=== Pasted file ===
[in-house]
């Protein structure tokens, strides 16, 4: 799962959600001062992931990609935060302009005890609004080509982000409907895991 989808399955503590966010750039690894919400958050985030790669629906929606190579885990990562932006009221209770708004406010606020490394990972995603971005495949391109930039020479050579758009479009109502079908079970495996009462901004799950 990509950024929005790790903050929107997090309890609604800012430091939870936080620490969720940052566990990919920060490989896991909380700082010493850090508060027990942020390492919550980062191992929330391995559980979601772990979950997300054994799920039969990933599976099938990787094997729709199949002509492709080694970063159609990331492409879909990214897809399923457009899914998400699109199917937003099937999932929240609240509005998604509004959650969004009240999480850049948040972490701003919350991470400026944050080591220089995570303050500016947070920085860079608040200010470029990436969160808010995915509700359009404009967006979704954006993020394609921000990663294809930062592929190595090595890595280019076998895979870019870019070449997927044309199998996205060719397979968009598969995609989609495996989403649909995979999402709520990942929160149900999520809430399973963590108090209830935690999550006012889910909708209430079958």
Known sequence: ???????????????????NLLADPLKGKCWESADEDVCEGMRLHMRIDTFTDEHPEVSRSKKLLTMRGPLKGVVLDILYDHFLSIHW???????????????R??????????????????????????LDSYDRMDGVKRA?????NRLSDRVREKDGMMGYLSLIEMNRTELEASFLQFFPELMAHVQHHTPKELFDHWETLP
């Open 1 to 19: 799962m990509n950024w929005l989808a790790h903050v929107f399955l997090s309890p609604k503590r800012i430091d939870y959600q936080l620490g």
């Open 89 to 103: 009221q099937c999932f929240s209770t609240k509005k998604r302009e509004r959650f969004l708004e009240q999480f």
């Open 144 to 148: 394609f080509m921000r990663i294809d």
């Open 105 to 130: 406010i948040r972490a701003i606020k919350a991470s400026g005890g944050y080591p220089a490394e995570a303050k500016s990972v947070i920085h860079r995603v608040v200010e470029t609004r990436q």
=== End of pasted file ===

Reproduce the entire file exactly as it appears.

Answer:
[in-house]
């Protein structure tokens, strides 16, 4: 799962959600001062992931990609935060302009005890609004080509982000409907895991 989808399955503590966010750039690894919400958050985030790669629906929606190579885990990562932006009221209770708004406010606020490394990972995603971005495949391109930039020479050579758009479009109502079908079970495996009462901004799950 990509950024929005790790903050929107997090309890609604800012430091939870936080620490969720940052566990990919920060490989896991909380700082010493850090508060027990942020390492919550980062191992929330391995559980979601772990979950997300054994799920039969990933599976099938990787094997729709199949002509492709080694970063159609990331492409879909990214897809399923457009899914998400699109199917937003099937999932929240609240509005998604509004959650969004009240999480850049948040972490701003919350991470400026944050080591220089995570303050500016947070920085860079608040200010470029990436969160808010995915509700359009404009967006979704954006993020394609921000990663294809930062592929190595090595890595280019076998895979870019870019070449997927044309199998996205060719397979968009598969995609989609495996989403649909995979999402709520990942929160149900999520809430399973963590108090209830935690999550006012889910909708209430079958």
Known sequence: ???????????????????NLLADPLKGKCWESADEDVCEGMRLHMRIDTFTDEHPEVSRSKKLLTMRGPLKGVVLDILYDHFLSIHW???????????????R??????????????????????????LDSYDRMDGVKRA?????NRLSDRVREKDGMMGYLSLIEMNRTELEASFLQFFPELMAHVQHHTPKELFDHWETLP
């Open 1 to 19: 799962m990509n950024w929005l989808a790790h903050v929107f399955l997090s309890p609604k503590r800012i430091d939870y959600q936080l620490g």
């Open 89 to 103: 009221q099937c999932f929240s209770t609240k509005k998604r302009e509004r959650f969004l708004e009240q999480f």
């Open 144 to 148: 394609f080509m921000r990663i294809d």
């Open 105 to 130: 406010i948040r972490a701003i606020k919350a991470s400026g005890g944050y080591p220089a490394e995570a303050k500016s990972v947070i920085h860079r995603v608040v200010e470029t609004r990436q």